Tuesday, June 10, 2014

This welcome sight generates wind energy

A glimpse of wind turbines high atop the Altamont Pass.

Driving through the tall, grassy brown hills of the Altamont Pass on a recent Sunday, the wind turbines stood erect like milky white egrets soaring tall in the horizon.

There are nearly 5,000 wind turbines spread out over tens-of-thousands of hilly acres that make up the Altamont Pass terrain, a mountain pass in the Diablo Range near Livermore, Calif., which separates the Bay Area's eastern edge from the Central Valley. It's about an hour's drive east of San Francisco.

The Altamont Pass Wind Farm
has the largest concentration
of wind turbines in the world.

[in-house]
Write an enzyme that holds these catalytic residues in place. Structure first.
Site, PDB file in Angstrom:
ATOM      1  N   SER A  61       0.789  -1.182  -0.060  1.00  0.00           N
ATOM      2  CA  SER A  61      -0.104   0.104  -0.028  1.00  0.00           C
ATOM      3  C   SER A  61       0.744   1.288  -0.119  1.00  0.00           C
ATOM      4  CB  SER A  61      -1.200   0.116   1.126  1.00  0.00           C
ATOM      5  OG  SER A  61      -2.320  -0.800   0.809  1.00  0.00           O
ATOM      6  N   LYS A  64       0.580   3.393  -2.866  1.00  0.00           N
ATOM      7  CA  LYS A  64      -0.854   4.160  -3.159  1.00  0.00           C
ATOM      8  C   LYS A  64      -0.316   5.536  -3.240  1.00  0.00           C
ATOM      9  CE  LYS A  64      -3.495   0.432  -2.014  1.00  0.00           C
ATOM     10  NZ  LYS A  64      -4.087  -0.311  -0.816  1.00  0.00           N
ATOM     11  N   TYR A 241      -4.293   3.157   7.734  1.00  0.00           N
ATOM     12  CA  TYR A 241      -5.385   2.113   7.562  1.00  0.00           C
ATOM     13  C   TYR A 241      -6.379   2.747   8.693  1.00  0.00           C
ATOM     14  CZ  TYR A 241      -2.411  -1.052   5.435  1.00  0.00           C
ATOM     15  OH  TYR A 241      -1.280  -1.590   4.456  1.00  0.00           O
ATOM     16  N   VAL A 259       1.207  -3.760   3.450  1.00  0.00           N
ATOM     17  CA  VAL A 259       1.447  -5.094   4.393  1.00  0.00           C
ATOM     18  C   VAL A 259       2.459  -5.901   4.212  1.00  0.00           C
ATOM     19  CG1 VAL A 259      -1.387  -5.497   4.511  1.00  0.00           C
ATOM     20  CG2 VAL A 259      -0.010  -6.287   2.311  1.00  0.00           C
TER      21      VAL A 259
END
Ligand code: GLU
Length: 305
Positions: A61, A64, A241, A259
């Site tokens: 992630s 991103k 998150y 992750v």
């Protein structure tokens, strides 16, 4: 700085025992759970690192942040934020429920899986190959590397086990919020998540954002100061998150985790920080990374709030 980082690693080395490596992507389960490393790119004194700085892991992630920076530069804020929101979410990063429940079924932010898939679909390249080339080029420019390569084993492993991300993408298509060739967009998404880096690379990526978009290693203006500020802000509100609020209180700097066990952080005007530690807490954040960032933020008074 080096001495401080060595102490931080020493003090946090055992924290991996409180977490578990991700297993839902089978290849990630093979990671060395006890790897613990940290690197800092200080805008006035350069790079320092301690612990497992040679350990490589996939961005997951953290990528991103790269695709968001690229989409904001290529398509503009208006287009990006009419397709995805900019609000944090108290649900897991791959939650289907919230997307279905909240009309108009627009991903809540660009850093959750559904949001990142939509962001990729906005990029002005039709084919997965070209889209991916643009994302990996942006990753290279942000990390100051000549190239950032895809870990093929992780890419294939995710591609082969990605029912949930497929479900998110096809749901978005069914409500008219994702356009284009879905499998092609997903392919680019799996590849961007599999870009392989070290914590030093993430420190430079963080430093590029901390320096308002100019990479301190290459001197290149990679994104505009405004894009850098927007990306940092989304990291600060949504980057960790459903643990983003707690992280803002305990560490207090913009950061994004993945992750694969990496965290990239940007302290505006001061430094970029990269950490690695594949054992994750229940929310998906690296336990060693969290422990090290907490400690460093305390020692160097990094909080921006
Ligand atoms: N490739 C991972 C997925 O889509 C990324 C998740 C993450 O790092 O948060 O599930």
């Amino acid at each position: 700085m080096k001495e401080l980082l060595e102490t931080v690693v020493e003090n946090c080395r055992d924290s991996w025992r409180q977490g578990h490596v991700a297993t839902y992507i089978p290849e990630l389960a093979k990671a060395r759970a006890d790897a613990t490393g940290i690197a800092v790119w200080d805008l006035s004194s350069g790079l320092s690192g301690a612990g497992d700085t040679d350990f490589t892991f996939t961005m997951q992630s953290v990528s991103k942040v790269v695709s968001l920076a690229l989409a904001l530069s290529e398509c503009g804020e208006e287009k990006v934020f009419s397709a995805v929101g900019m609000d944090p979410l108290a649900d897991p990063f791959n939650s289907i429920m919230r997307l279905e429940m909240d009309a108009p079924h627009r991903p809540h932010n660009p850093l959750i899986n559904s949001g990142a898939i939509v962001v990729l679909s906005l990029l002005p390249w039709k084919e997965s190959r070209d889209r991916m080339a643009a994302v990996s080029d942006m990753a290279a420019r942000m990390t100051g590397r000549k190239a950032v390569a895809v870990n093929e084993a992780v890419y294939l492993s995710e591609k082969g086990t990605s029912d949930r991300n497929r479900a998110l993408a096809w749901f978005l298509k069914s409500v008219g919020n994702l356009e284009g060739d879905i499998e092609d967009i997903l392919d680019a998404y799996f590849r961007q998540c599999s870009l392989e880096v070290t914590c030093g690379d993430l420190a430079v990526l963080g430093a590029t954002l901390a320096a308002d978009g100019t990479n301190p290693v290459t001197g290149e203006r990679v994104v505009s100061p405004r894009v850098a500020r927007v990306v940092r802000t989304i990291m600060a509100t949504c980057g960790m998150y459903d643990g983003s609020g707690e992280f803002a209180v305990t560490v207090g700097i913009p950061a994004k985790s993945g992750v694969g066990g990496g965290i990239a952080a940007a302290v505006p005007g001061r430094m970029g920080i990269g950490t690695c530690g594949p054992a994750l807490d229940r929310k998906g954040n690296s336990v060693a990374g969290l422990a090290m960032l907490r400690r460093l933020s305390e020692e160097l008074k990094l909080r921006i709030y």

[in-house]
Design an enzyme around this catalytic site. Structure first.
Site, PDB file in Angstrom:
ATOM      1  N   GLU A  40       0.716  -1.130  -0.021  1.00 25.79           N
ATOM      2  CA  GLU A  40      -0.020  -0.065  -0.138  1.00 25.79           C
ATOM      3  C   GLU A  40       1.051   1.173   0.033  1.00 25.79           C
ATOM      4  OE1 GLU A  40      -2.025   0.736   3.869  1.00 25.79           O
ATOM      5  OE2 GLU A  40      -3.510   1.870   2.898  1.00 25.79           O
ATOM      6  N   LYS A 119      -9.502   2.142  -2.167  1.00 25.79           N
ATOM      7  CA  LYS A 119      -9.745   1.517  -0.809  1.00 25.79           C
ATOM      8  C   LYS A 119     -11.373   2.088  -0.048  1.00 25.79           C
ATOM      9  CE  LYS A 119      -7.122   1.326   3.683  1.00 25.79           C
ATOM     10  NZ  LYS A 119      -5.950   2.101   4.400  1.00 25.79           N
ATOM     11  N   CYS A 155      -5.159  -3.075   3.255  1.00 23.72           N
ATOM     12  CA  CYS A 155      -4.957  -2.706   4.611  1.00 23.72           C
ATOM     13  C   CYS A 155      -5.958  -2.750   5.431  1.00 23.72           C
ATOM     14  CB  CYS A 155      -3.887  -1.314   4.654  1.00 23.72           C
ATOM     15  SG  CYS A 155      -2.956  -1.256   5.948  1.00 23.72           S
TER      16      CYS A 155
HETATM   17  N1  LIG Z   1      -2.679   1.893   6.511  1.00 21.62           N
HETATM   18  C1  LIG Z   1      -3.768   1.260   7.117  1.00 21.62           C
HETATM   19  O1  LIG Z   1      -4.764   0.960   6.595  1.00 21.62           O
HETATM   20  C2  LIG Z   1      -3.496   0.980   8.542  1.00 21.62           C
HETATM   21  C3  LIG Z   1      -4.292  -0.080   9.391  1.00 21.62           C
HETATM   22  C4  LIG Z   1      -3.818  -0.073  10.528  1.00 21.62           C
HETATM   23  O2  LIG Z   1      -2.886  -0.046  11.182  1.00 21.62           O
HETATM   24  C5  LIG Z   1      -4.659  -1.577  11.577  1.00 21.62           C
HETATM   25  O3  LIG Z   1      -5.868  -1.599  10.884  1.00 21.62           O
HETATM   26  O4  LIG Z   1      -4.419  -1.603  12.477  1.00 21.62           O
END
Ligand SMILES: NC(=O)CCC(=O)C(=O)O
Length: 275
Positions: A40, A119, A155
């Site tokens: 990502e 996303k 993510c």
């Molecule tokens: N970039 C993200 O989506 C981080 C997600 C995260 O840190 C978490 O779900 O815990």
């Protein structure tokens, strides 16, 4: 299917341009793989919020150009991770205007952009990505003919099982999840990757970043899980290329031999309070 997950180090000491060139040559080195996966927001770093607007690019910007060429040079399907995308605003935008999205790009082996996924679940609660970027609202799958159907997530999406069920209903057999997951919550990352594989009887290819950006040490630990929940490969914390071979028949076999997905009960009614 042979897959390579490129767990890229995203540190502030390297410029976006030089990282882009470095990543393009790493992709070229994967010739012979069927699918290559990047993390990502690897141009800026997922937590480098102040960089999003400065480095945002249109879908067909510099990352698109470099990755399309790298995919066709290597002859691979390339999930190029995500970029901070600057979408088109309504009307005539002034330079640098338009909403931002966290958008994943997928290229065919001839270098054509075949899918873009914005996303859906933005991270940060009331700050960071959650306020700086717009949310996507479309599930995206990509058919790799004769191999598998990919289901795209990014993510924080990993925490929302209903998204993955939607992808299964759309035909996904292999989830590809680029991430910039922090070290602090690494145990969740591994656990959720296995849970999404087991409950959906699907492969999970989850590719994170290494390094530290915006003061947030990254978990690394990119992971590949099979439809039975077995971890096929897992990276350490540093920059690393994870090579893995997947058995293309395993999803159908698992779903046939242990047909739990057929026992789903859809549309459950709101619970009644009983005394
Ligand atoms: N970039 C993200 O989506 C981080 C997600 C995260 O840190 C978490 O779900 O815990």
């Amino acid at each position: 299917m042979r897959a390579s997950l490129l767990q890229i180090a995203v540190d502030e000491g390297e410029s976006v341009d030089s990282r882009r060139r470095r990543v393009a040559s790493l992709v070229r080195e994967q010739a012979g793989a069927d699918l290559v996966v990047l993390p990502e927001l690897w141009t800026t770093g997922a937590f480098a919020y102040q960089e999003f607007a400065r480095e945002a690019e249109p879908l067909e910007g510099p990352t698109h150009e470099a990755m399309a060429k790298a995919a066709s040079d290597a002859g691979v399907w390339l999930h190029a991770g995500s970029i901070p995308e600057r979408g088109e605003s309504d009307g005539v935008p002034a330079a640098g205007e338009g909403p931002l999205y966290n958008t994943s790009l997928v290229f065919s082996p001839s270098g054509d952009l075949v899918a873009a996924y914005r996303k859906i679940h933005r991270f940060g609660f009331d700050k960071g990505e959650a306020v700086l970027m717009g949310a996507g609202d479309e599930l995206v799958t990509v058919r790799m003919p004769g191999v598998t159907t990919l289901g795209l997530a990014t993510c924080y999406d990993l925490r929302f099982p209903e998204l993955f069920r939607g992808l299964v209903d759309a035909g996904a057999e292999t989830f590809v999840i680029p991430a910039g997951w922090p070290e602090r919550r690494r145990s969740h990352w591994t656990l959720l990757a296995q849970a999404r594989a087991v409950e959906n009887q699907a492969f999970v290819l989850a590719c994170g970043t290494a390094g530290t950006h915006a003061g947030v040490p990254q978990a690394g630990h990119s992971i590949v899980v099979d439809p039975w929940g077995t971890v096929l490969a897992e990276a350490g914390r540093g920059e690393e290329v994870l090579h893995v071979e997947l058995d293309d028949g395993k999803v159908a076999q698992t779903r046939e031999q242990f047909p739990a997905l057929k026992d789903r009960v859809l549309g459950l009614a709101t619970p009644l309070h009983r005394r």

The Altamont Pass Wind Farm is one of the earliest wind farms in the U.S. -- it was commissioned in 1981 -- and it's the largest in terms of capacity. According to Wikipedia, Altamont Pass is "still the largest concentration of wind turbines in the world, with a capacity of 576 megawatts (MW), producing about 125 MW on average and 1.1 terawatt-hours (TWh) yearly."

For decades, the wind turbines have generated clean electricity -- wind energy -- for California thanks to the stiff winds that rake the Altamont Pass during the spring and summer seasons. Their installation came about following the energy crisis of the 1970s and in response to "favorable tax policies" for its investors.

Climbing the Altamont Pass.
On this warm, late-spring afternoon, the wind turbines dotting the summit at 1,009 feet (308 meters) provided a welcome distraction while driving the I-580 back to Oakland from the arid, dusty heat of the Central Valley.

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